CoreFiling was proud to be chosen to represent the SME community as one of only two companies profiled as ‘exemplars’ of effective working together with government.  During the morning plenary session we shared the platform with Skyscape for informal Q & A giving insight into how to work successfully with a government department, the impact it can have on the business and some of the challenges that SMEs face.  The role CoreFiling played in the invention and pioneering of iXBRL was also recognised during the presentations, which highlighted HMRC’s Company Tax filing project as the world’s largest, highly successful XBRL implementation.

The Keynote Speaker was Stephen Kelly, Chief Operating Officer at the Cabinet Office, who emphasised that under the Digital by Default agenda, there are excellent opportunities for SMEs to help drive efficiencies and offer cost-effective services.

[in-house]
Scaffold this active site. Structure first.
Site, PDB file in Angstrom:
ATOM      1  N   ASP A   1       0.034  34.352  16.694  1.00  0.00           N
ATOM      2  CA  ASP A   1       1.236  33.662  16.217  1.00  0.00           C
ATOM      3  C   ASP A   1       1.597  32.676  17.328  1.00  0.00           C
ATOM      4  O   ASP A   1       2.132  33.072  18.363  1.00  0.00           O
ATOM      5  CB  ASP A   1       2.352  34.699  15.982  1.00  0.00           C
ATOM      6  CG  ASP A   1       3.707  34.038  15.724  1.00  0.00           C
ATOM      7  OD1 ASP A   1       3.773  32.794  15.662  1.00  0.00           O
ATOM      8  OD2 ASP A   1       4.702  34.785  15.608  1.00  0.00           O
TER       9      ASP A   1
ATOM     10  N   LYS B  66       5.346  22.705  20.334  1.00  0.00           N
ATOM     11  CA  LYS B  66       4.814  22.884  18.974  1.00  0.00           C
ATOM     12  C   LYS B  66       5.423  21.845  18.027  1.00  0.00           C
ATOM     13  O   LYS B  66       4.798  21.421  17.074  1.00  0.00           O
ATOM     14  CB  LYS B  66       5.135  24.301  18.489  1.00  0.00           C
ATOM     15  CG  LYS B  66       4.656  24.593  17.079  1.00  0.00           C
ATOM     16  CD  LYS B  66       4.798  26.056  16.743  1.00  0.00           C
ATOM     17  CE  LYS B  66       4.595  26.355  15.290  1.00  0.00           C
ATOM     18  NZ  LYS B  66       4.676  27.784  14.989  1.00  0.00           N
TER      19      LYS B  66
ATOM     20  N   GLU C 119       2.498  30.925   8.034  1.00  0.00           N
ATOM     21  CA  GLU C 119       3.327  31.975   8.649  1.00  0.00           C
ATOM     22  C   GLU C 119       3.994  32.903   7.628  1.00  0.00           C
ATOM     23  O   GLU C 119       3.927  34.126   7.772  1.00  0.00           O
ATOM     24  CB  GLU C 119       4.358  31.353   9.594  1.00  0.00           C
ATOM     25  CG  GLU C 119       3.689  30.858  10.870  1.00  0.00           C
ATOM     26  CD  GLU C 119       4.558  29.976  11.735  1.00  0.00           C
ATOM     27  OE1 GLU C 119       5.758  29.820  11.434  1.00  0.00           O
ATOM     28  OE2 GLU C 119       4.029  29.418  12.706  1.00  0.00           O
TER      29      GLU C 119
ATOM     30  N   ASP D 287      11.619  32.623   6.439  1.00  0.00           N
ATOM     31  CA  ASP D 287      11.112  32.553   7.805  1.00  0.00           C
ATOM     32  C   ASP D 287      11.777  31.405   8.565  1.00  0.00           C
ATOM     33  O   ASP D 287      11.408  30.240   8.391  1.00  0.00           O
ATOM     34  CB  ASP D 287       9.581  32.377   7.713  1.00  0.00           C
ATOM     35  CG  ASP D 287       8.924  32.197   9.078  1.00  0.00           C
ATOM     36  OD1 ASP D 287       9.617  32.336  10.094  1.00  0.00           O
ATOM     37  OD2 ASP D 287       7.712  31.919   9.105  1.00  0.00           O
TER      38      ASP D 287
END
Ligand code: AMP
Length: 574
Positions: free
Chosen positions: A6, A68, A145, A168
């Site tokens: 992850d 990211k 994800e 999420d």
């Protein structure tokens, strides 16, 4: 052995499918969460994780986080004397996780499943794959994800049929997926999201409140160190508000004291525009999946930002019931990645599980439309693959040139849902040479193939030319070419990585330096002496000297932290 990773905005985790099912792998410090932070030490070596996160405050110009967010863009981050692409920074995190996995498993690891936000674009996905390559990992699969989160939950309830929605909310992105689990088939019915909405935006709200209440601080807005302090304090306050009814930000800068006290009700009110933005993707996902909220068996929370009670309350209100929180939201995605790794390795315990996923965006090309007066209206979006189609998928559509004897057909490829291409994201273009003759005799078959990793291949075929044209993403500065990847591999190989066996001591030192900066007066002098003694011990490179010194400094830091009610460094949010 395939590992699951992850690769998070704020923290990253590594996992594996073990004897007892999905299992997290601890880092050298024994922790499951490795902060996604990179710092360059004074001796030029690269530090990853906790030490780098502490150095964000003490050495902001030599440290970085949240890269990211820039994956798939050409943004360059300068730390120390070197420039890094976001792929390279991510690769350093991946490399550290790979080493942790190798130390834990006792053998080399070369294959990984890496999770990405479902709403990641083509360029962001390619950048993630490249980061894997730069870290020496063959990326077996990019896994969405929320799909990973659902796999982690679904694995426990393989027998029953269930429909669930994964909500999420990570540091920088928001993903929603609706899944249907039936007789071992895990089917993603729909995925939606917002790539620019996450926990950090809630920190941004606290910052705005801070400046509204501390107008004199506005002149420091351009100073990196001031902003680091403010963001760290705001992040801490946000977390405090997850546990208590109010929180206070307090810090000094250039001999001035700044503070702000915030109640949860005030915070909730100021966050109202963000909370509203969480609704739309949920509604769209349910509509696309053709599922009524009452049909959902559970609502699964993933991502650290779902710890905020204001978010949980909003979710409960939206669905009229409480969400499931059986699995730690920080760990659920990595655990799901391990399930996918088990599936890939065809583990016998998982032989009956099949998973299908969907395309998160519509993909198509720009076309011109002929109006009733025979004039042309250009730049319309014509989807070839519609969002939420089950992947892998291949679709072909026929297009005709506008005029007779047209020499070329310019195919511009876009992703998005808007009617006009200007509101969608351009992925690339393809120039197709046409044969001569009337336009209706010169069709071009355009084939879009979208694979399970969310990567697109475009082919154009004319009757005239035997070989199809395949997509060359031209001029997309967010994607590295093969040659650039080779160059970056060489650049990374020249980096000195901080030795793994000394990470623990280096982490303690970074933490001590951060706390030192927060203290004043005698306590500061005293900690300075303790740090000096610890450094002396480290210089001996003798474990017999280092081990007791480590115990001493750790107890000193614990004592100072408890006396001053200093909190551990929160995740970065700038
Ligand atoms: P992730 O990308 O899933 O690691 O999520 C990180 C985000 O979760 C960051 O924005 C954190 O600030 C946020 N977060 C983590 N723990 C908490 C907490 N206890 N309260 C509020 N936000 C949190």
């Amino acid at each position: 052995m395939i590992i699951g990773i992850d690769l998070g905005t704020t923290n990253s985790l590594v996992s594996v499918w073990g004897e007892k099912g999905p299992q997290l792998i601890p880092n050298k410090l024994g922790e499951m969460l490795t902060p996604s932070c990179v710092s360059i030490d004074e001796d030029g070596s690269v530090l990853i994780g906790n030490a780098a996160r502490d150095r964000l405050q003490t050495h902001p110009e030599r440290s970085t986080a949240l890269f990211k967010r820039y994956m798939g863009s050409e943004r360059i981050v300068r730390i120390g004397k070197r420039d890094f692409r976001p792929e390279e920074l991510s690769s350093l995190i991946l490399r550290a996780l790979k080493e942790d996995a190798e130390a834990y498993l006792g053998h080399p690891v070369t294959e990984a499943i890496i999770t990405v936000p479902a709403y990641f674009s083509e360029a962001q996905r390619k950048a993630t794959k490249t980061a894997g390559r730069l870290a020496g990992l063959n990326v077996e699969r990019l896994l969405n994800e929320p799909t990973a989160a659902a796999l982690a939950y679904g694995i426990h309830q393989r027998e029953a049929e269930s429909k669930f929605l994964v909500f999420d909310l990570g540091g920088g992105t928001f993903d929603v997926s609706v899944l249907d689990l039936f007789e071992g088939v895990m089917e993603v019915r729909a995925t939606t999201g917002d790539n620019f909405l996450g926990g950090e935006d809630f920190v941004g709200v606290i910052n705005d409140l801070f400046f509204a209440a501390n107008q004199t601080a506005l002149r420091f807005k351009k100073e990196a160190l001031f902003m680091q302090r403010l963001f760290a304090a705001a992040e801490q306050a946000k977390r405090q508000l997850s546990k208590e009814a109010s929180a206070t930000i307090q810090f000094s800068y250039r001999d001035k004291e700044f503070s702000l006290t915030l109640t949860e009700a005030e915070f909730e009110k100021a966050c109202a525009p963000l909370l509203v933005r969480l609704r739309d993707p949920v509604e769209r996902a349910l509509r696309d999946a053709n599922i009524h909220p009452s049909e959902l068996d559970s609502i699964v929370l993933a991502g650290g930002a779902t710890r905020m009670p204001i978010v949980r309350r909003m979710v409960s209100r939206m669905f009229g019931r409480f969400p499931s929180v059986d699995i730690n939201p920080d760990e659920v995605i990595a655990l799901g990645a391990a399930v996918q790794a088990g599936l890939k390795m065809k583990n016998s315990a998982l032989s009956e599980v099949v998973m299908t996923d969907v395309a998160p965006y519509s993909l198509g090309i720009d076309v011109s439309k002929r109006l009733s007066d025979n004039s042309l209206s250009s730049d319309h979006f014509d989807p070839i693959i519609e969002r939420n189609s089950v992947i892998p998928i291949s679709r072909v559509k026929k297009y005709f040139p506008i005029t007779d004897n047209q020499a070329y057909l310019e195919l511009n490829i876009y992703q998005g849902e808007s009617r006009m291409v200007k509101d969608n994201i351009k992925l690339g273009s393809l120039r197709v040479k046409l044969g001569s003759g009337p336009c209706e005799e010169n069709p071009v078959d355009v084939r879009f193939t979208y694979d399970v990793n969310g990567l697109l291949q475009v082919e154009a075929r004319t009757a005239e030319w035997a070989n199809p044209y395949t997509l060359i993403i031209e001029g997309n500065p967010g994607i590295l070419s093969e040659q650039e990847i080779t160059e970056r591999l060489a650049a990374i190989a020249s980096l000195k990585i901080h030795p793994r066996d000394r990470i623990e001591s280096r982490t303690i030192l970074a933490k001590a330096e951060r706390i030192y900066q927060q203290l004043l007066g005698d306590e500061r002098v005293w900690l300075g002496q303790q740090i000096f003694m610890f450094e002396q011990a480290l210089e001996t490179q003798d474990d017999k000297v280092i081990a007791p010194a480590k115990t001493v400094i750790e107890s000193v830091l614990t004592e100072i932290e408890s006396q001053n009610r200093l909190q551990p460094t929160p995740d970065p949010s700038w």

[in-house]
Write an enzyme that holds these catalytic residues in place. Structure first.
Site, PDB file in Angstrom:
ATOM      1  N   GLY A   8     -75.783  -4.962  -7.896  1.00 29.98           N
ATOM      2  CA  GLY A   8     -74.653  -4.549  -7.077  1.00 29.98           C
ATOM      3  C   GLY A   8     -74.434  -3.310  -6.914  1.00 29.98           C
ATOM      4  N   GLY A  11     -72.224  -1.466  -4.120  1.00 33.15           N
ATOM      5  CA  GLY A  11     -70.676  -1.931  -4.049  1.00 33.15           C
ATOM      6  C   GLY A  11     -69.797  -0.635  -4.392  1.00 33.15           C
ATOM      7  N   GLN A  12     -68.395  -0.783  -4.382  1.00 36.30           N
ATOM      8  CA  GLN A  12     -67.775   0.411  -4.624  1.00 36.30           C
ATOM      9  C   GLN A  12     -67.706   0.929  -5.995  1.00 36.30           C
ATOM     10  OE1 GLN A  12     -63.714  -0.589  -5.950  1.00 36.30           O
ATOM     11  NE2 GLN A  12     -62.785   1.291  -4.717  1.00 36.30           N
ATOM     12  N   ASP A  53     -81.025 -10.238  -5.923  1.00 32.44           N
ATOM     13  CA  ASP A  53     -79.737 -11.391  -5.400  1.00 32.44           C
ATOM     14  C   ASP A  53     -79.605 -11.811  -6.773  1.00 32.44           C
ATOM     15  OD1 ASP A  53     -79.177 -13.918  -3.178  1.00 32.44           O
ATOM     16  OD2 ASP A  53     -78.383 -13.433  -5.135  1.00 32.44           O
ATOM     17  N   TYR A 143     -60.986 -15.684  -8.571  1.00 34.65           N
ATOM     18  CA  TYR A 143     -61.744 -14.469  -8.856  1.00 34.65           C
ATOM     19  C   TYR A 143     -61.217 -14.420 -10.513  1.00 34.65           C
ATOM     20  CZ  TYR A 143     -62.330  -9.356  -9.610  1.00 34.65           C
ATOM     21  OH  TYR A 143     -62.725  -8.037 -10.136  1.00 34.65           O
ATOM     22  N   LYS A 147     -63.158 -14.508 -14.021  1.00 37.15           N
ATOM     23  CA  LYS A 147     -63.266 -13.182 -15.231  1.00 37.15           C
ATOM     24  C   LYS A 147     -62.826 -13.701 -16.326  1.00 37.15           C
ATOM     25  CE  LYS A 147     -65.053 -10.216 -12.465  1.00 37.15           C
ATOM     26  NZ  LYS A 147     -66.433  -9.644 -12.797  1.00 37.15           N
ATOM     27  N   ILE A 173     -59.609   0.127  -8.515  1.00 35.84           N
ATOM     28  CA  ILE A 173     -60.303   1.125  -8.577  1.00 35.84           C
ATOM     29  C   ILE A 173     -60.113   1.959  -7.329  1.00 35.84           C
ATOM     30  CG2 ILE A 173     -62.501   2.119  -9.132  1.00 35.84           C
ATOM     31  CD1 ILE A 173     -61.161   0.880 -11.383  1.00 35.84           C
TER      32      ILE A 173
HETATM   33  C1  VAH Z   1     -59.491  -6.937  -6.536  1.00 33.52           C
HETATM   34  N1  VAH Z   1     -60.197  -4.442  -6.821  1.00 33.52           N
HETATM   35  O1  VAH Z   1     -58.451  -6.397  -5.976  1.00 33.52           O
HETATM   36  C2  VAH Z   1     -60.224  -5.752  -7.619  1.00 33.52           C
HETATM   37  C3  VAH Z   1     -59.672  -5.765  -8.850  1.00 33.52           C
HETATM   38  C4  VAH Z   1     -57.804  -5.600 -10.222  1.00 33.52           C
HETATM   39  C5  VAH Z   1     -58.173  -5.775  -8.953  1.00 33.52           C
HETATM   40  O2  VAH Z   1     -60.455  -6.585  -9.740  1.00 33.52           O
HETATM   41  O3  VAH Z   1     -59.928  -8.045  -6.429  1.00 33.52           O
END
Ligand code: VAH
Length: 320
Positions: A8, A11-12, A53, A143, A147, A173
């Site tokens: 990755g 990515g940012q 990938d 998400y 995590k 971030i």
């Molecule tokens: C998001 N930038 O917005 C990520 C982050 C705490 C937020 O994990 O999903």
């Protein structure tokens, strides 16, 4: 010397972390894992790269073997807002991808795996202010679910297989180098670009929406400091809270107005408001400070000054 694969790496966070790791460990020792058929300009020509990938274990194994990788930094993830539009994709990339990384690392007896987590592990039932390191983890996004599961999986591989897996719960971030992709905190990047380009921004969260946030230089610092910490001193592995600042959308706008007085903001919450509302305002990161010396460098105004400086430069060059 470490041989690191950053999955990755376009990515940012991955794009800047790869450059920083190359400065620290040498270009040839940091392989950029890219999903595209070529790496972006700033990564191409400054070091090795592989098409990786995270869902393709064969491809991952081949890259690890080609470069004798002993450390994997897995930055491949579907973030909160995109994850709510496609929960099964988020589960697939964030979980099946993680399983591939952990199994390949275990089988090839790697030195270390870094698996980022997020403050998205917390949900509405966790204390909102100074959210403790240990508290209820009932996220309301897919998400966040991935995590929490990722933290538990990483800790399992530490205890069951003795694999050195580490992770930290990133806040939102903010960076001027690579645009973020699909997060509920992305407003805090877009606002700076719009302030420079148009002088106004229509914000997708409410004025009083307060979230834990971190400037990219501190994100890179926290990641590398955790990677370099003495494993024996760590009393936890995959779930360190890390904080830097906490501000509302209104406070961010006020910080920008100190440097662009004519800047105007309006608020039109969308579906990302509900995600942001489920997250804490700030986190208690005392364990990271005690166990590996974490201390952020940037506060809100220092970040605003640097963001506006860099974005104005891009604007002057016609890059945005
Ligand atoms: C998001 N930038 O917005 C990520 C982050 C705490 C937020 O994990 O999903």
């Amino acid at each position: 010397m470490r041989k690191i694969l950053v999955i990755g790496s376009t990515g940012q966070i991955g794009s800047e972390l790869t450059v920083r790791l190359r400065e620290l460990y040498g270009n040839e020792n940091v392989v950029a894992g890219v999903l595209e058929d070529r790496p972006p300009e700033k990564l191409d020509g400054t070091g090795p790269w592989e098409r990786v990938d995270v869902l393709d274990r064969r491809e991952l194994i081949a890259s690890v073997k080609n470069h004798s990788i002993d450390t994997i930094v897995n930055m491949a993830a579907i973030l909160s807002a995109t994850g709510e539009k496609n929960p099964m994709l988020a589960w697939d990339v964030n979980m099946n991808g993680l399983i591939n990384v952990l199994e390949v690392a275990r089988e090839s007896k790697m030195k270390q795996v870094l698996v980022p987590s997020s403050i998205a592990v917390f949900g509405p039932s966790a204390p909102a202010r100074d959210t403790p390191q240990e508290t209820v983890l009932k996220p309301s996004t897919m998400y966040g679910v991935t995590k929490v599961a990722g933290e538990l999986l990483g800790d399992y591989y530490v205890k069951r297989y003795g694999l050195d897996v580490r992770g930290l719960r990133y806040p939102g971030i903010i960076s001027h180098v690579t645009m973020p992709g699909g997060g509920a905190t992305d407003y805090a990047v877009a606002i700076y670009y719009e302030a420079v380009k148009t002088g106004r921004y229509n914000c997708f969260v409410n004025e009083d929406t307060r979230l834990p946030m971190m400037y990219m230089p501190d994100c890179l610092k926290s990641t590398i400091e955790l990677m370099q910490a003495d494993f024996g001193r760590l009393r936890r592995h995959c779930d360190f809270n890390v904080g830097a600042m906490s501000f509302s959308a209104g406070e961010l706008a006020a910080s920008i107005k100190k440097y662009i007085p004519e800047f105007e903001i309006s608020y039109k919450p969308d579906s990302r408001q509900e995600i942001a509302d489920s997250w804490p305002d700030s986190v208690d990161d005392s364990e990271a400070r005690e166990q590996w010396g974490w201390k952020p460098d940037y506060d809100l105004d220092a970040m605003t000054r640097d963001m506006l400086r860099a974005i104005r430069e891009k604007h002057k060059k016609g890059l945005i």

Mark Hall, HMRC CIO, spoke about how HMRC is being transformed into a digital business, needing a different approach to delivering IT services.  Increasingly, this means using a new SME ecosystem that can meet the growing imperative for agility as well as a range of new products and services.  The key message was that:  “HMRC is open for business with SMEs.”

Bill Cook from Capgemini gave a talk about ‘Supporting the SME agenda within government’, which again emphasised the role that companies such as CoreFiling can now play within government IT and how this aligns with Capgemini’s role as a Solutions and Systems Integrator within the new HMRC structure.